Tuesday's record warmth demanded this paddler to break the ice and get in his first 'Trash Paddle' of 2008. My hope was that 4 days of unusually mild weather for January would have melted the ice that formed from 3 days of unusually frigid weather last week. It took only a short distance on the Assabet River to find that ice doesn't melt as fast as I hoped. Just upstream of Egg Rock, the ice was fairly thin and I could break through it. However, as I went further upstream, the ice kept getting thicker, until it stopped breaking and was 1/2 " thick. I could see the Leaning Hemlocks but could not get there. So, I decided to stop fighting Nature and head down the Concord River. Much better! As I approached the famous 'North Bridge' I encountered my first river trash of the New Year. A plastic water bottle, a styrofoam container, and a candy bar wrapper. Slim pickens, but better than nothing!
I thought about the recovered piece of 'trash' that I saw on display at the Concord Museum last Saturday. Back in 1980, during an unusually dry period, a man was showing his daughter how to fish in the Concord River. He saw something sticking up out of the mud. It was a 10,000 year old spear point! Encased in glass at the museum, it is awesome! Try to imagine how bad the person that lost it, felt. The hours or days that went into crafting it. What items might have been traded to aquire it? It was the high tech device of its time. It reminds me to be vigilant in my continuing search for stone tools or weapons. Perhaps 2008 will be the year.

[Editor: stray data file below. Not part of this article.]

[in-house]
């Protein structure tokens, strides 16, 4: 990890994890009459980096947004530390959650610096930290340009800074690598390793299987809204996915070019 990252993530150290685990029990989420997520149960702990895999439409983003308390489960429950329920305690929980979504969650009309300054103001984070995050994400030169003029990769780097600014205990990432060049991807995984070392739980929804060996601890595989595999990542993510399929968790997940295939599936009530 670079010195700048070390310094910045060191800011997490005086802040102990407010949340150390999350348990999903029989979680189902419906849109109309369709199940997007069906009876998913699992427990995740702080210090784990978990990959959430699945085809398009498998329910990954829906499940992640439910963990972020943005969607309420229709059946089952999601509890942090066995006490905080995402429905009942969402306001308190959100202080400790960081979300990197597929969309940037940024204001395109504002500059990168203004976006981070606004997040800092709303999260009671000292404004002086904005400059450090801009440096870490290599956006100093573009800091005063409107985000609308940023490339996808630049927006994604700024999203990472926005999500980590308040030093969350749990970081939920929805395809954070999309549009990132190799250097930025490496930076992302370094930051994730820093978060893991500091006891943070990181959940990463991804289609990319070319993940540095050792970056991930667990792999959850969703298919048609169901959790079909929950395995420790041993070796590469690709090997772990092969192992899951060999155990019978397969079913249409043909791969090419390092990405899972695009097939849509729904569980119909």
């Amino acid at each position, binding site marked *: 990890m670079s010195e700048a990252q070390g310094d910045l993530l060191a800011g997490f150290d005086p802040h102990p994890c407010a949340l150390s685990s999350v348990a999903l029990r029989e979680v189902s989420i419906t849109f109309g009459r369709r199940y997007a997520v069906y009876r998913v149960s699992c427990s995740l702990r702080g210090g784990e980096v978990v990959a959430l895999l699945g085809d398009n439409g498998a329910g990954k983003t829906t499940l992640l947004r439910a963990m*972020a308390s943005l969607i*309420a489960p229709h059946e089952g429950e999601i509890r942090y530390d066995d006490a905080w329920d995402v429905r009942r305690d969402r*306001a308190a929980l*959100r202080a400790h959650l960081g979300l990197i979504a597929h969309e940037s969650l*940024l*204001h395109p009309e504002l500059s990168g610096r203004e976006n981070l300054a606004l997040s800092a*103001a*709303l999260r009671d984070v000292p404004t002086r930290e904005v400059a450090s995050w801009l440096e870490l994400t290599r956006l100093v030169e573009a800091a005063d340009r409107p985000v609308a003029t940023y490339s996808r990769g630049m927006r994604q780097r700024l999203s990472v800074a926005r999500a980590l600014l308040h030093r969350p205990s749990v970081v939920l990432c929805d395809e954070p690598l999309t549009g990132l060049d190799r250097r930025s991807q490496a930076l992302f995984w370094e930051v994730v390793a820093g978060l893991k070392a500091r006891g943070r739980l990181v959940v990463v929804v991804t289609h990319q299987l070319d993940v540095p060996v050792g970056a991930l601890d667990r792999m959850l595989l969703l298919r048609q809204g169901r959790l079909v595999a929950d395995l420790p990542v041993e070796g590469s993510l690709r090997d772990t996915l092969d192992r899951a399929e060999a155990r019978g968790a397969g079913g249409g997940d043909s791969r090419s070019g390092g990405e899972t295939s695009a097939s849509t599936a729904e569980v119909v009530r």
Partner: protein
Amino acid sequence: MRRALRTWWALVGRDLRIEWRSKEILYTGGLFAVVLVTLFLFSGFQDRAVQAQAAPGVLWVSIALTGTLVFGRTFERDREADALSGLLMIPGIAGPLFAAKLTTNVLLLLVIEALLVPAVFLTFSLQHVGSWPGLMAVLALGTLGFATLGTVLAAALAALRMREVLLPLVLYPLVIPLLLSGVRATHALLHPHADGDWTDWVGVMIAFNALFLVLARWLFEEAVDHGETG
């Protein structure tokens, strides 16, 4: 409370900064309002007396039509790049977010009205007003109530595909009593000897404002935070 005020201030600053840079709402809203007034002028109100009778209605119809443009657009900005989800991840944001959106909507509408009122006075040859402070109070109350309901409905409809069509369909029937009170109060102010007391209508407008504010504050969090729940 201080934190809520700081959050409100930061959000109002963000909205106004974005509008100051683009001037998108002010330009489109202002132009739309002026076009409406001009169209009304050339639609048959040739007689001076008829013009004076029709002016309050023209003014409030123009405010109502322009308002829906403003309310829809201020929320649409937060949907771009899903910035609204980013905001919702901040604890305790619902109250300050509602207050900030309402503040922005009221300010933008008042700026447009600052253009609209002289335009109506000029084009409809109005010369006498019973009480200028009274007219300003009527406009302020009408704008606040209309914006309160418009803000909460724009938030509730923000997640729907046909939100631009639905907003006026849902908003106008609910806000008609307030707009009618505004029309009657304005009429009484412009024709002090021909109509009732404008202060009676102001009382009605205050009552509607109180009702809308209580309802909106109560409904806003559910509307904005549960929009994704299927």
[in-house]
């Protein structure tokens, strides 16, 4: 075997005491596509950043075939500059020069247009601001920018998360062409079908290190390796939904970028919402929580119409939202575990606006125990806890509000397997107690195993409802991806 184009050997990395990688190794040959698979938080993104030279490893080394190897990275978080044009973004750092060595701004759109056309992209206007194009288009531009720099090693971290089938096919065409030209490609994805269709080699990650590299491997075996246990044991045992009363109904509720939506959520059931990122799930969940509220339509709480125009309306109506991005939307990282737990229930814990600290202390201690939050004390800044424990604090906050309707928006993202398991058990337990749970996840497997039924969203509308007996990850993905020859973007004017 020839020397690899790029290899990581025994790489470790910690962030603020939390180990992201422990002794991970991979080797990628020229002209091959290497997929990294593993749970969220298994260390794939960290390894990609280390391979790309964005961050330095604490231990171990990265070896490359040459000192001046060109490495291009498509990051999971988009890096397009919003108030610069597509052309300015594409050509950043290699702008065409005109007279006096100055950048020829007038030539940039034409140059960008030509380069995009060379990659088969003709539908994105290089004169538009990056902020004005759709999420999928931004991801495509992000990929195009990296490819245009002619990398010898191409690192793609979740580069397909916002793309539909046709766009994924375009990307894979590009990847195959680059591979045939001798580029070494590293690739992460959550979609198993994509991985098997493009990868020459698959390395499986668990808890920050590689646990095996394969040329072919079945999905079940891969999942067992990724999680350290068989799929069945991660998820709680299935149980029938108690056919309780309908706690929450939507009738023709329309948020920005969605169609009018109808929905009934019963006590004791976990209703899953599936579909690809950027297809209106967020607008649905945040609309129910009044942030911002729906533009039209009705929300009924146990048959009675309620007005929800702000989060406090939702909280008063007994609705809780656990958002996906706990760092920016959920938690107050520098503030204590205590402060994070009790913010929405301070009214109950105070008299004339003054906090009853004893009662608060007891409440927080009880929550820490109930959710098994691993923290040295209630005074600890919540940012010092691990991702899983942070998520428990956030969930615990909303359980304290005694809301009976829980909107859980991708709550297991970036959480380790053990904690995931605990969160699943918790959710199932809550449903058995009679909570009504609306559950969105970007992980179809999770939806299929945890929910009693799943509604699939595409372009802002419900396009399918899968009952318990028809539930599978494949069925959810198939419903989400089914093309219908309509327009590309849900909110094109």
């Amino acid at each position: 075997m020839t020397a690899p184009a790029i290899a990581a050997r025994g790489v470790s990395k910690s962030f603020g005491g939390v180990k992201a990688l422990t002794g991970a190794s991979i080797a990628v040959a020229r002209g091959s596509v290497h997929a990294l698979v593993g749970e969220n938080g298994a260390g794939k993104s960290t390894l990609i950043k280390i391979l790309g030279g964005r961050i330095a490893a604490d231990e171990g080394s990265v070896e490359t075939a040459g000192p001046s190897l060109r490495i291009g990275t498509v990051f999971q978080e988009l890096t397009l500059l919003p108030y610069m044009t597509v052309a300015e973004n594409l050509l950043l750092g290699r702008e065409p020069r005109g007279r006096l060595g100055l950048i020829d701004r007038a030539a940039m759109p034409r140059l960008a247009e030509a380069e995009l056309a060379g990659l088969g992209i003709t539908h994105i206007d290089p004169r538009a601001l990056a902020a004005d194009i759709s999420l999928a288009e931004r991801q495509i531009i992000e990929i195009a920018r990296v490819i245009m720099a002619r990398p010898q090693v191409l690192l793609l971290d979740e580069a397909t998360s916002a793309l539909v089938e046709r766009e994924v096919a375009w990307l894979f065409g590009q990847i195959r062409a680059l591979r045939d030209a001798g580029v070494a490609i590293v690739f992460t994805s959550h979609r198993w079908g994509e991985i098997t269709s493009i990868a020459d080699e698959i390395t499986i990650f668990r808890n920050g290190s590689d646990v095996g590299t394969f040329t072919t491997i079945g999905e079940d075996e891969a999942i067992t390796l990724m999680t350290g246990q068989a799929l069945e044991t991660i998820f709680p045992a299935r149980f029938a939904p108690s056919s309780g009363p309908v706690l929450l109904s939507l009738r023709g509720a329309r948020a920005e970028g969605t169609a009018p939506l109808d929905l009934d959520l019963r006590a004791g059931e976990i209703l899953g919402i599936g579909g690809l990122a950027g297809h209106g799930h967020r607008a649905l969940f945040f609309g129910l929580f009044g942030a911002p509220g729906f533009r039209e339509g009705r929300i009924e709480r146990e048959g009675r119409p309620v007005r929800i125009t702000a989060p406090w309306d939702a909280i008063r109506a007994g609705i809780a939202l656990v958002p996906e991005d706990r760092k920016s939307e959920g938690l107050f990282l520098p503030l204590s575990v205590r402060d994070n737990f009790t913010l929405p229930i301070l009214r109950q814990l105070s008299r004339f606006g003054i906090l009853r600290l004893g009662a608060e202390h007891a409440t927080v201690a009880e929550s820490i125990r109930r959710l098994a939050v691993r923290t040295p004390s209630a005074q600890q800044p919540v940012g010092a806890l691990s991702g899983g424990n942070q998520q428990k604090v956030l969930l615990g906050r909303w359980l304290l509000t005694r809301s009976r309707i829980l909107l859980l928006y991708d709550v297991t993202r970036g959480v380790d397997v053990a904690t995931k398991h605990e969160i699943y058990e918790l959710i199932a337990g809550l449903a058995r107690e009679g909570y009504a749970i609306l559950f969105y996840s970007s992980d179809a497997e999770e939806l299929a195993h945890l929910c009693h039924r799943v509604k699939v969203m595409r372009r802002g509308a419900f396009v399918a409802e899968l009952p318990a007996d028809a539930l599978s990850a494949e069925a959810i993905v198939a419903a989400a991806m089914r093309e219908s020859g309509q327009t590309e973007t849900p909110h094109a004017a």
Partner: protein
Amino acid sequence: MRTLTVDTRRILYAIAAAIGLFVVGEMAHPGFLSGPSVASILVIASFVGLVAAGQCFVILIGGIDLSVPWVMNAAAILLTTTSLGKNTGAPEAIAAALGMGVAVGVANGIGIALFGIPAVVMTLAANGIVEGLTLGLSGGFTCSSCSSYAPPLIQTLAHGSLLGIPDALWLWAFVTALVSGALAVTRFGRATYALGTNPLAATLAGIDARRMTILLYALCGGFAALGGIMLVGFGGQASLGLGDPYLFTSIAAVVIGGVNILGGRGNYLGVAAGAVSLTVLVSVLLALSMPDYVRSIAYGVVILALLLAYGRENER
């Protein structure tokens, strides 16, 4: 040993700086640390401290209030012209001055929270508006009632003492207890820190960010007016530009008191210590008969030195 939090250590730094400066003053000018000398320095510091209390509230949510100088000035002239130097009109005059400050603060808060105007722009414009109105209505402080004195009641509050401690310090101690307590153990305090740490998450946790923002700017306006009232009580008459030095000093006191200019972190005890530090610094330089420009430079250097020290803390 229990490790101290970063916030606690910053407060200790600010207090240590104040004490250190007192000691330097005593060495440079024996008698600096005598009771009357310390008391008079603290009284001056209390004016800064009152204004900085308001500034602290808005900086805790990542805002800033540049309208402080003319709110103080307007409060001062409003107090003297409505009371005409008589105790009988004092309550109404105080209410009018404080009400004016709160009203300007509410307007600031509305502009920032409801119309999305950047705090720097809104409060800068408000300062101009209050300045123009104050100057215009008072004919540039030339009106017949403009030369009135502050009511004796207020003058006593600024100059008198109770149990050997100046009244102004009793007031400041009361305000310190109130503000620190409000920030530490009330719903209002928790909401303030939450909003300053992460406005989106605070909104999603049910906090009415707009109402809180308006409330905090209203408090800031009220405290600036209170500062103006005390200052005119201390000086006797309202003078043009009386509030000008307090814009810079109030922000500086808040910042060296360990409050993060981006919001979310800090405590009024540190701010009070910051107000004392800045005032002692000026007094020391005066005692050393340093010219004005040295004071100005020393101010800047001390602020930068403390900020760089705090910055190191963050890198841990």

After passing under the 'rude arch' I head around the bend and under Monument Street and less than a quarter mile further encounter more ice. Same drill as earlier, but again the ice eventually becomes 1/2 " thick and I am forced to back out and turn around. Arriving back at at Egg Rock, I decide to head up the Sudbury River expecting to encounter more ice as the Sudbury's flow is slower. Sure enough there is ice after the first bridge, but I am able to break through fairly easy. Going past the South Bridge boathouse, the river is still open, with ice along each side. Soon, I'm paddling under Route 2 and very happy I went against my hunch. After I round the bend at Clamshell Bank, I see 2 beavers on the ice that lay across the river up ahead. Here the breeze was warm, the sun was getting low in the sky, and it was close to 4 pm. Using binoculars, I observe the beavers doing their work for a while, then slowly paddle up to the end of open water, where the beavers asked me to leave with a few slaps of their tails. Letting the current turn my bow, I notice a big red tailed hawk silently watching over the area from his lofty perch. Now, with my paddling appetite temporarily sated, I head back to my launch site feeling reassured that Spring will return. Total empty containers recovered = 3
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